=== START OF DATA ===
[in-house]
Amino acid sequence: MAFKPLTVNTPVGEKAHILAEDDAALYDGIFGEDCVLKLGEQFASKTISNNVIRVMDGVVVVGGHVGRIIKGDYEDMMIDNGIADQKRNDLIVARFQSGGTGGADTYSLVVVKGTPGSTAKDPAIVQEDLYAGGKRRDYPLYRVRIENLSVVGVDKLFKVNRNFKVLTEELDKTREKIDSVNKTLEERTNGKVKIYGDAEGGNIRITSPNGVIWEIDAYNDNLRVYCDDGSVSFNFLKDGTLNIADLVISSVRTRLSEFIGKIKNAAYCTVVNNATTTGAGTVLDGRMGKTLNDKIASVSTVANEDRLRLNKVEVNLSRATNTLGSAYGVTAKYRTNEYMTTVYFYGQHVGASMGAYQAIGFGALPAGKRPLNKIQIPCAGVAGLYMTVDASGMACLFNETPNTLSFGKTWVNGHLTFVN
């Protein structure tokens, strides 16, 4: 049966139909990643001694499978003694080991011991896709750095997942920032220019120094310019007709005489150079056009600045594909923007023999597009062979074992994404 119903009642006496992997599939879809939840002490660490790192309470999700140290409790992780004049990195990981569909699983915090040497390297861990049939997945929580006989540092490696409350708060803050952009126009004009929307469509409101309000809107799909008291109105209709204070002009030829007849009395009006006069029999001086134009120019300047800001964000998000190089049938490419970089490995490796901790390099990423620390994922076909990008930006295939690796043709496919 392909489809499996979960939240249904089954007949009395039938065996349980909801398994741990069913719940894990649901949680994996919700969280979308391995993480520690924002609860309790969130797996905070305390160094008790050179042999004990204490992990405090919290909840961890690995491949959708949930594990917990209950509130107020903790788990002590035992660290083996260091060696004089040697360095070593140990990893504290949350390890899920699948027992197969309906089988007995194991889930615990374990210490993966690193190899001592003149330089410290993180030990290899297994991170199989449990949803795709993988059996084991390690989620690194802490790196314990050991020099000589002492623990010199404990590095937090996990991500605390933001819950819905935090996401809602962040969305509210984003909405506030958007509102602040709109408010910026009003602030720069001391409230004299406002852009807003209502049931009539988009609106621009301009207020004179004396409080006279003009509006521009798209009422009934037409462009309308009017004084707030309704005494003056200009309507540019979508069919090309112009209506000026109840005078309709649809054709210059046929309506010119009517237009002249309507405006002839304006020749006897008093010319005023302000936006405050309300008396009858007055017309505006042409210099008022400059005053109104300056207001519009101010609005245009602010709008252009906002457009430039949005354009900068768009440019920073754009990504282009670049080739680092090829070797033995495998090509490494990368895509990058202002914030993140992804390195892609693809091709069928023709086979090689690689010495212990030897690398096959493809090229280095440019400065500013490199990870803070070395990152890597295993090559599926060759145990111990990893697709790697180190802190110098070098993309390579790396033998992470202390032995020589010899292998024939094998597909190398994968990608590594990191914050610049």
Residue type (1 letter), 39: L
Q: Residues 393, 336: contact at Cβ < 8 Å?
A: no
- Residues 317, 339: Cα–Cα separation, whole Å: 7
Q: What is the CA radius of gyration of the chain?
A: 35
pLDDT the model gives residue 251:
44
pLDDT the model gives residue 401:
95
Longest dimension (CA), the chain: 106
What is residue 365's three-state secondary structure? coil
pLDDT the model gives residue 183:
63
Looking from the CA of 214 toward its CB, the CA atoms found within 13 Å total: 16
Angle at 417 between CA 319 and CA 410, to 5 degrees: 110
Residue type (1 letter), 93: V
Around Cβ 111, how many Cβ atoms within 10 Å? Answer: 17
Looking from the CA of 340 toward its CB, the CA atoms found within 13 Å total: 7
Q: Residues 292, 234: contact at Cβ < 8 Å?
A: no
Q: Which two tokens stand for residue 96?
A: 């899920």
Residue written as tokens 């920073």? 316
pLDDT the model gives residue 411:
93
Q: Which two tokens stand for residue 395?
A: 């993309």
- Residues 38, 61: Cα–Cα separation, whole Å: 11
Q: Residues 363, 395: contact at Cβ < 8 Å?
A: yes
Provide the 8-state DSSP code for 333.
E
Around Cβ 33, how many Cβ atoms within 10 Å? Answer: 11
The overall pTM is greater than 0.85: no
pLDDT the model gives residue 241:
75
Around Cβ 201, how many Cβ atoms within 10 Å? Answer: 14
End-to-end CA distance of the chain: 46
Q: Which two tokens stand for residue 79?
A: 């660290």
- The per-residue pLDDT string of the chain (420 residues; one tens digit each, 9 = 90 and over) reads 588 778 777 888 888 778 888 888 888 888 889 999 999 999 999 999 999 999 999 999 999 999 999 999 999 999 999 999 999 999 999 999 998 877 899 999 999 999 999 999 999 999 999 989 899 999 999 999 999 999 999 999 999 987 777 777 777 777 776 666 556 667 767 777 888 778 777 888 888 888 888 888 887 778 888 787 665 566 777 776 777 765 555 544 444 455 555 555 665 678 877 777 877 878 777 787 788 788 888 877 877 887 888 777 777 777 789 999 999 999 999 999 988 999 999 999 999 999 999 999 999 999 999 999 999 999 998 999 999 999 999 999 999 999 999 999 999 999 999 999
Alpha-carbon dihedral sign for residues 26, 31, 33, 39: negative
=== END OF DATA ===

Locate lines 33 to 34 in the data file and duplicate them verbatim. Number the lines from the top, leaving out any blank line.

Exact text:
Q: Residues 363, 395: contact at Cβ < 8 Å?
A: yes